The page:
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close this bookPersonal Safety in Cross-Cultural Transition (Peace Corps)
View the documentInformation
View the documentAcknowledgments
View the documentIntroduction
Open this folder and view contentsUnit one: General personal safety
close this folderUnit two: Rape and personal safety
View the documentSession I: Pre-departure design on rape and personal safety
close this folderSession II: In-country design on rape and personal safety
View the documentAttachment A: Developing a critical incident for session II, step 3b.
View the documentAttachment B: Sample situations for step 9.b
View the documentAttachment C: Case study on AMY
View the documentAttachment D: Role play: Supporting a rape victim
View the documentPeace corps manual section: Sexual assault
Open this folder and view contentsUnit three: Volunteer workshop on handling difficult situations and peer counseling
Open this folder and view contentsHandouts for pre-departure design on general personal safety: Unit one
Open this folder and view contentsHandouts for pre-departure design on rape and personal safety: Unit two
Open this folder and view contentsHandouts for volunteer workshop on handling difficult situations and peer counseling: Unit three
 

Attachment D: Role play: Supporting a rape victim

Do this role play only if you have training or country staff who are comfortable with the topic and who can help with the discussion afterwards. The role play should be carefully thought out by the staff, using the guidelines on sexual assault contained in Attachment E to prepare the roles.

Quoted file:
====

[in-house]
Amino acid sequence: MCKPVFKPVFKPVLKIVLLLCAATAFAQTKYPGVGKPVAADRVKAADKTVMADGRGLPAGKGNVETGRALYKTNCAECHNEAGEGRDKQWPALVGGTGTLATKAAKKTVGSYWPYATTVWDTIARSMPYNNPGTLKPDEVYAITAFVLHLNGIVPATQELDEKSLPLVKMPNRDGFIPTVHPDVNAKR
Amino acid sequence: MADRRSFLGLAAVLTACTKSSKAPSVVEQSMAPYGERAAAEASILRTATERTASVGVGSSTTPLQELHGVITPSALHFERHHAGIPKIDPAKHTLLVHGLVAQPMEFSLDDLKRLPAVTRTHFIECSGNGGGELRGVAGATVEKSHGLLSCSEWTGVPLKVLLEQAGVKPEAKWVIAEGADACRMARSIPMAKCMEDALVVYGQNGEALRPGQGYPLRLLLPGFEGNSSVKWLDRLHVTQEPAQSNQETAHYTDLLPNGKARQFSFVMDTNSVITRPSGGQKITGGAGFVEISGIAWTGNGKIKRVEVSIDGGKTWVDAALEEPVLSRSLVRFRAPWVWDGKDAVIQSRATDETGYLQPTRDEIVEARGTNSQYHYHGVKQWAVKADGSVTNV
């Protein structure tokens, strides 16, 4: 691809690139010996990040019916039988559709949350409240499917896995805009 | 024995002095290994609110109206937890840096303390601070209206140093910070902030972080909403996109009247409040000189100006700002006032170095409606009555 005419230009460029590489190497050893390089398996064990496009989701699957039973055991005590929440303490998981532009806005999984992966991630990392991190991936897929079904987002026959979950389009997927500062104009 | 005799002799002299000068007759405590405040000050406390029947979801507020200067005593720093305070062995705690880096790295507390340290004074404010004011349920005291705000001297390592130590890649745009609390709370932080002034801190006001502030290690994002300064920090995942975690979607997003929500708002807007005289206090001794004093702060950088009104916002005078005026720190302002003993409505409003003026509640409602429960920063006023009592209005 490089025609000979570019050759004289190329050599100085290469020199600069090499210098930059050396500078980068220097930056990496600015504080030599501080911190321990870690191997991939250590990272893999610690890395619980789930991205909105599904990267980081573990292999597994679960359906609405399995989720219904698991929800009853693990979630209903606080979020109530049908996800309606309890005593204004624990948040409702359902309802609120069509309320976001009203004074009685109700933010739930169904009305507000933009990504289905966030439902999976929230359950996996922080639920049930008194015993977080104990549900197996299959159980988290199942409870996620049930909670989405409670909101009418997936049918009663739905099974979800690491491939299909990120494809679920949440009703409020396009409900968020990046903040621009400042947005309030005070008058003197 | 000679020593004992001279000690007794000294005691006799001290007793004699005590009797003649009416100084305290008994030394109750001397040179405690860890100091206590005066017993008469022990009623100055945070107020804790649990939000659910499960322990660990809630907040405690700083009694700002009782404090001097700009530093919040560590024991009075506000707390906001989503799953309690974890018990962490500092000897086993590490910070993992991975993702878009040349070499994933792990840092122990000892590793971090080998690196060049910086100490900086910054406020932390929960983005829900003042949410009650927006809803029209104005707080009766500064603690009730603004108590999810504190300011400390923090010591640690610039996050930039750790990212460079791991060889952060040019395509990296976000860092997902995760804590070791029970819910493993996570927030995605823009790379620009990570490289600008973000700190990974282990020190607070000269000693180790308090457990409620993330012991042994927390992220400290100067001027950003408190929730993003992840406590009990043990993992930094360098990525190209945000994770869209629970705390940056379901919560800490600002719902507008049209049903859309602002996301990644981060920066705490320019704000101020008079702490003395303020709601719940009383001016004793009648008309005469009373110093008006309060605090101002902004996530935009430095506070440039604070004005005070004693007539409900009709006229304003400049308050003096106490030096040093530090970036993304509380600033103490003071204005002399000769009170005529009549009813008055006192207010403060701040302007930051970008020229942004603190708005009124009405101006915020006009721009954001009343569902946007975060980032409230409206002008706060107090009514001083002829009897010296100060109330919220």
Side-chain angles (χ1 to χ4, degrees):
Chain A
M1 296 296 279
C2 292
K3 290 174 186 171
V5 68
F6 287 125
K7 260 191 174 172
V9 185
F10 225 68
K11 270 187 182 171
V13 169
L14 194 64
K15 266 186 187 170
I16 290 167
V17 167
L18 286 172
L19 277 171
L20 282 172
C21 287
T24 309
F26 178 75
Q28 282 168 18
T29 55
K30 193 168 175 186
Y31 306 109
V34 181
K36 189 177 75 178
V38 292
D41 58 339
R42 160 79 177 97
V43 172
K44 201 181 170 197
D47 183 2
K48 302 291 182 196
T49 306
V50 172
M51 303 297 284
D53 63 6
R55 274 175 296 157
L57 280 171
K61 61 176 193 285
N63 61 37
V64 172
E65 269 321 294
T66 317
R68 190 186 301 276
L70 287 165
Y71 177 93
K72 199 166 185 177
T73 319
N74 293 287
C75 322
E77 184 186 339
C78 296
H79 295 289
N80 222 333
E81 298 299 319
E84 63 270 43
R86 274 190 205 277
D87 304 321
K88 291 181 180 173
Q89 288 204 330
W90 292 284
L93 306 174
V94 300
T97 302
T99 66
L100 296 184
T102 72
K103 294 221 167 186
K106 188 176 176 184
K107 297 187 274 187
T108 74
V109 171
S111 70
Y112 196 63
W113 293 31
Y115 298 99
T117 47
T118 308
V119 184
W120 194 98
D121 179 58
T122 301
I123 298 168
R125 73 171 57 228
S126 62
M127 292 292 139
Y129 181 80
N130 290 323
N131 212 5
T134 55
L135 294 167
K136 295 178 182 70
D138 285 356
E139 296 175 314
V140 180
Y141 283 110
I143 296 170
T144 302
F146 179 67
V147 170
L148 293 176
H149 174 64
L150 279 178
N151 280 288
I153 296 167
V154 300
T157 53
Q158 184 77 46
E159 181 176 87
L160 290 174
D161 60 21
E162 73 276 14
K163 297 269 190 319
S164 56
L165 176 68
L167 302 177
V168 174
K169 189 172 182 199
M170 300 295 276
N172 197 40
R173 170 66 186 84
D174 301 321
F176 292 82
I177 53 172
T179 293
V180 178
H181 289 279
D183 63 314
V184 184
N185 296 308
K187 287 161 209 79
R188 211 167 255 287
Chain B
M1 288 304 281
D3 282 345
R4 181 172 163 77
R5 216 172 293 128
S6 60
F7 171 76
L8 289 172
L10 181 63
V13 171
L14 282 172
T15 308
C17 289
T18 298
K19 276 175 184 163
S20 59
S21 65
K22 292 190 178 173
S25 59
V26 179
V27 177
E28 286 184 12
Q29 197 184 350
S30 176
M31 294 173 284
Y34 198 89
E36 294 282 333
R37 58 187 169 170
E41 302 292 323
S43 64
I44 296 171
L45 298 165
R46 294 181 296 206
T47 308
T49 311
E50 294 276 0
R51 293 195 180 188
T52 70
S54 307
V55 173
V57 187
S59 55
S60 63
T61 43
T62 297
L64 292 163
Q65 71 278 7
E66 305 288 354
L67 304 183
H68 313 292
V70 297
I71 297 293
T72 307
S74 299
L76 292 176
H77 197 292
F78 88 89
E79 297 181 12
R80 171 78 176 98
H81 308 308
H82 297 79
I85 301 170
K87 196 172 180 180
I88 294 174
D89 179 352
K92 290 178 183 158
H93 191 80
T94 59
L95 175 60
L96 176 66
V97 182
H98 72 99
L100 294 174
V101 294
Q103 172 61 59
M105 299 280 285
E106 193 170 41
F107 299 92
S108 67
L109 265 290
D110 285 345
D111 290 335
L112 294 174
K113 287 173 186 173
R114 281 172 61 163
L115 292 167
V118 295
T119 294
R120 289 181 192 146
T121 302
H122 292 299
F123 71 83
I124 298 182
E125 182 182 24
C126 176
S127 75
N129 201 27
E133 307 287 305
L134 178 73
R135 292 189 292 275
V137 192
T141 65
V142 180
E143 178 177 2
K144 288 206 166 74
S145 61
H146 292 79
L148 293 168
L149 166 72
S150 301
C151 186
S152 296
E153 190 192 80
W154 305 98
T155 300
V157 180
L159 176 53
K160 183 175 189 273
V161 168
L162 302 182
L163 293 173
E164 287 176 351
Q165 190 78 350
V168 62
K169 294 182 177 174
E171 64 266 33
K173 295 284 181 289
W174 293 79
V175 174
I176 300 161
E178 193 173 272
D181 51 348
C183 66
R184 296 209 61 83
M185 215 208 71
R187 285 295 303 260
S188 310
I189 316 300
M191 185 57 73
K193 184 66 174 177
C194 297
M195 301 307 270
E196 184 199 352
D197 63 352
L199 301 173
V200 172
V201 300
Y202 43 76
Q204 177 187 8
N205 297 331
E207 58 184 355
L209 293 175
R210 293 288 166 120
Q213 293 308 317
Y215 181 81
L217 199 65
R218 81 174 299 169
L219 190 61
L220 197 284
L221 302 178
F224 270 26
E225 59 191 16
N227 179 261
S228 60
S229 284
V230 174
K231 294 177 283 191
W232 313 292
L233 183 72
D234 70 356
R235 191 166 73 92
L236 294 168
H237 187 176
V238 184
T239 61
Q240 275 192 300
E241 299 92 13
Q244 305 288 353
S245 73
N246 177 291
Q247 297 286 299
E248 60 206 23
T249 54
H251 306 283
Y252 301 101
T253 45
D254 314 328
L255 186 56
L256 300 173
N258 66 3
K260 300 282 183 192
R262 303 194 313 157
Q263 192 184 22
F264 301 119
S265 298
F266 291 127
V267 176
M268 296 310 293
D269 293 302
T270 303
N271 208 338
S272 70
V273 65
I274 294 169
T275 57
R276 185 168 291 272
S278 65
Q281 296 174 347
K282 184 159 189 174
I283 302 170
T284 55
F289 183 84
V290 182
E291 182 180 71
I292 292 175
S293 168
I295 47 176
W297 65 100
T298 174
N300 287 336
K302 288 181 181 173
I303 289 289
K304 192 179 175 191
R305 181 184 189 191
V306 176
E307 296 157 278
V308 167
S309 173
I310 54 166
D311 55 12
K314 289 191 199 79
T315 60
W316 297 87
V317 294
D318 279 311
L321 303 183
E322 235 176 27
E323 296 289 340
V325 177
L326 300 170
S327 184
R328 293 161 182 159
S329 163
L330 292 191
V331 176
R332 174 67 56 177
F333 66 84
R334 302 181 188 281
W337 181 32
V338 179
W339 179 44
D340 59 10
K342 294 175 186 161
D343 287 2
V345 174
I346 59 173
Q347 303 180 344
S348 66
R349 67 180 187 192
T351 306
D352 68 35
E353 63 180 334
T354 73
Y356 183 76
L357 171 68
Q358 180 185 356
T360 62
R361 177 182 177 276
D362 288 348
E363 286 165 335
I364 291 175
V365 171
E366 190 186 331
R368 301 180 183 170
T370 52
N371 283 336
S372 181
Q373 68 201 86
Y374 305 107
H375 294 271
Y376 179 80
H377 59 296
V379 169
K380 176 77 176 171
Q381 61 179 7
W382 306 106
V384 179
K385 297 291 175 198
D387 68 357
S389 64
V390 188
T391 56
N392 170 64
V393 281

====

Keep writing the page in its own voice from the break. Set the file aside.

FIRST ROLE PLAY: This role play should illustrate a friend trying to be supportive but not succeeding at it due to personal anger and lack of understanding as to what the victim may be feeling. This is an example of how not to do something. The second role play will illustrate the supportive friend handling the situation.

Amy:

You have just been raped and have sought out your friend for support. You have cried a little but right now you have a calm exterior -- you feel like you may let down later on and need someone to comfort you. Your friend seems very angry and wants to call the police to catch the man; this is the farthest thing from what you want now.

Friend:

Amy has just come to you and told you she was assaulted while walking on the beach. You are angry at her for doing such a "dumb thing" and you feel she's lucky she didn't get killed. Obviously you want to help; you think it is important that she go directly to the police so they can catch the guy.

READ CAREFULLY THE TECHNICAL GUIDELINES FOR SEXUAL ASSAULT and prepare for the role. Identify what a supportive friend would do, and for the first role play don't do it.

TRAINER NOTES: Stop the role play after 3-5 minutes and ask the trainees:

- How they think Amy is feeling at this point?

- Do they think the friend is being supportive? Why or why not?

- How might the friend be more supportive? Reassure Amy of her safety now; Listen more actively; Recognize that Amy appears calm but let her know it is okay to let down and cry if she wants to; Ask Amy what she wants to do, help her decide what is best to do -- mention the importance of seeking medical support and talking with the PCMO.

SECOND ROLE PLAY: Incorporate into this role play the suggestions of the trainees and others you have picked up from the guidelines on sexual assault, making the friend more supportive to Amy.

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